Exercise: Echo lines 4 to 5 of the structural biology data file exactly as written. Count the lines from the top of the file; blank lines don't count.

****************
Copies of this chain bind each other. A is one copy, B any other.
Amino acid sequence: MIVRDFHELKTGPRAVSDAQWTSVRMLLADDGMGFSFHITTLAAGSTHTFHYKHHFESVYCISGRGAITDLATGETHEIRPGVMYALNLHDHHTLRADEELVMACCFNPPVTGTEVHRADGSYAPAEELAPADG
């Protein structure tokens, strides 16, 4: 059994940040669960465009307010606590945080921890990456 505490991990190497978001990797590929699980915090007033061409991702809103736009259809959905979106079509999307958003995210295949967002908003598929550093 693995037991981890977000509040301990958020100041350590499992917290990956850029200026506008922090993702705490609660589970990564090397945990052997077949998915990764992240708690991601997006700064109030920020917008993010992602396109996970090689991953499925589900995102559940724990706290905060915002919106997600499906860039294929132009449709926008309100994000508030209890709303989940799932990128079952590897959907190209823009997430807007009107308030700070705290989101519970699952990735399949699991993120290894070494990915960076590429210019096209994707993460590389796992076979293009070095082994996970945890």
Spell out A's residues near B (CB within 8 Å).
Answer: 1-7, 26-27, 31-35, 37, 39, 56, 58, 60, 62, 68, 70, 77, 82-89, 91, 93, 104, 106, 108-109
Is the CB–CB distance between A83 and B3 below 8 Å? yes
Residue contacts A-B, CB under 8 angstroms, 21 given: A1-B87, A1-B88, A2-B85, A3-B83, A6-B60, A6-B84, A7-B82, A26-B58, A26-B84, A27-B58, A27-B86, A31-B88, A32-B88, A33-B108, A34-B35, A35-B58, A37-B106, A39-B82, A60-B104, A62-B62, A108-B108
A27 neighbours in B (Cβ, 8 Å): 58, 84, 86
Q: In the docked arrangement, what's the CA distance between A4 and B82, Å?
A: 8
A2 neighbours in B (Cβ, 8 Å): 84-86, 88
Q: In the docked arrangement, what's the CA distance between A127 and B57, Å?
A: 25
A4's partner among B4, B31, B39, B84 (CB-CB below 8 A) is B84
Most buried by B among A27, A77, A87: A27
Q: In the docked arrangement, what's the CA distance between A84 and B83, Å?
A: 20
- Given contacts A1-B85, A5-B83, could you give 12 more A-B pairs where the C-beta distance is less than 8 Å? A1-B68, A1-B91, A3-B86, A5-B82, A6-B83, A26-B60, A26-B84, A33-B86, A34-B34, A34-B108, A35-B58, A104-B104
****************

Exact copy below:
Spell out A's residues near B (CB within 8 Å).
Answer: 1-7, 26-27, 31-35, 37, 39, 56, 58, 60, 62, 68, 70, 77, 82-89, 91, 93, 104, 106, 108-109